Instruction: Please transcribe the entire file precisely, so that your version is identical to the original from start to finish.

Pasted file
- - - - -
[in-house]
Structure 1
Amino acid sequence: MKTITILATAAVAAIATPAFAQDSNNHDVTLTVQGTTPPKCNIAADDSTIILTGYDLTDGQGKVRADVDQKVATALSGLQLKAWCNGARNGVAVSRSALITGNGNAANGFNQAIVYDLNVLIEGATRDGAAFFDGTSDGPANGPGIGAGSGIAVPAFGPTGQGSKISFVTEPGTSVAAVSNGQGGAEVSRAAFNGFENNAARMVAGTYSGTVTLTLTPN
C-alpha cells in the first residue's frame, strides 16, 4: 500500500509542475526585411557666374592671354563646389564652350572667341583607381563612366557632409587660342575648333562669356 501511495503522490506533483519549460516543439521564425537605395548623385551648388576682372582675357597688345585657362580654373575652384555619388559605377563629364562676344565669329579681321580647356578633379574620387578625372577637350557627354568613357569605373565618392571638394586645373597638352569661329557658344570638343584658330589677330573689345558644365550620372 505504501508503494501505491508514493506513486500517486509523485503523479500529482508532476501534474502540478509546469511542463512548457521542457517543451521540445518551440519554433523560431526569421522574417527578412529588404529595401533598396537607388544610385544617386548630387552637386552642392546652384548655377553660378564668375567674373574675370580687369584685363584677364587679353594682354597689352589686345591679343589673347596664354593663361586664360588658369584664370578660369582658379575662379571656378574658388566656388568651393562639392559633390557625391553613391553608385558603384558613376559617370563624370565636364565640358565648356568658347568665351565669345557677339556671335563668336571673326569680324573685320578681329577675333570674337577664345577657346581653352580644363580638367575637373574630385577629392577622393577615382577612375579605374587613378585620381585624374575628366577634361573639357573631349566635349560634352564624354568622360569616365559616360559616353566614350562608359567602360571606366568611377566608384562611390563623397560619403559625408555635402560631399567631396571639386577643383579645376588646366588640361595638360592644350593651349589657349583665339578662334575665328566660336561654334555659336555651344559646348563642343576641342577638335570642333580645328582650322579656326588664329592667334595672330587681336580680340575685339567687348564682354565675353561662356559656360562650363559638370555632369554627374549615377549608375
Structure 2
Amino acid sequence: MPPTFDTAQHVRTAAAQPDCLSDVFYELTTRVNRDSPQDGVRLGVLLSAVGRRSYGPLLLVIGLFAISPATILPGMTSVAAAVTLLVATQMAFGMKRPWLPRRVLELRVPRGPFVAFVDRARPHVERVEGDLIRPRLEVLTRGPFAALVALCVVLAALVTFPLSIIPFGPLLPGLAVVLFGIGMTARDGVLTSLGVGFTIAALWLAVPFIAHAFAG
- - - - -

[in-house]
Structure 1
Amino acid sequence: MKTITILATAAVAAIATPAFAQDSNNHDVTLTVQGTTPPKCNIAADDSTIILTGYDLTDGQGKVRADVDQKVATALSGLQLKAWCNGARNGVAVSRSALITGNGNAANGFNQAIVYDLNVLIEGATRDGAAFFDGTSDGPANGPGIGAGSGIAVPAFGPTGQGSKISFVTEPGTSVAAVSNGQGGAEVSRAAFNGFENNAARMVAGTYSGTVTLTLTPN
C-alpha cells in the first residue's frame, strides 16, 4: 500500500509542475526585411557666374592671354563646389564652350572667341583607381563612366557632409587660342575648333562669356 501511495503522490506533483519549460516543439521564425537605395548623385551648388576682372582675357597688345585657362580654373575652384555619388559605377563629364562676344565669329579681321580647356578633379574620387578625372577637350557627354568613357569605373565618392571638394586645373597638352569661329557658344570638343584658330589677330573689345558644365550620372 505504501508503494501505491508514493506513486500517486509523485503523479500529482508532476501534474502540478509546469511542463512548457521542457517543451521540445518551440519554433523560431526569421522574417527578412529588404529595401533598396537607388544610385544617386548630387552637386552642392546652384548655377553660378564668375567674373574675370580687369584685363584677364587679353594682354597689352589686345591679343589673347596664354593663361586664360588658369584664370578660369582658379575662379571656378574658388566656388568651393562639392559633390557625391553613391553608385558603384558613376559617370563624370565636364565640358565648356568658347568665351565669345557677339556671335563668336571673326569680324573685320578681329577675333570674337577664345577657346581653352580644363580638367575637373574630385577629392577622393577615382577612375579605374587613378585620381585624374575628366577634361573639357573631349566635349560634352564624354568622360569616365559616360559616353566614350562608359567602360571606366568611377566608384562611390563623397560619403559625408555635402560631399567631396571639386577643383579645376588646366588640361595638360592644350593651349589657349583665339578662334575665328566660336561654334555659336555651344559646348563642343576641342577638335570642333580645328582650322579656326588664329592667334595672330587681336580680340575685339567687348564682354565675353561662356559656360562650363559638370555632369554627374549615377549608375
Structure 2
Amino acid sequence: MPPTFDTAQHVRTAAAQPDCLSDVFYELTTRVNRDSPQDGVRLGVLLSAVGRRSYGPLLLVIGLFAISPATILPGMTSVAAAVTLLVATQMAFGMKRPWLPRRVLELRVPRGPFVAFVDRARPHVERVEGDLIRPRLEVLTRGPFAALVALCVVLAALVTFPLSIIPFGPLLPGLAVVLFGIGMTARDGVLTSLGVGFTIAALWLAVPFIAHAFAG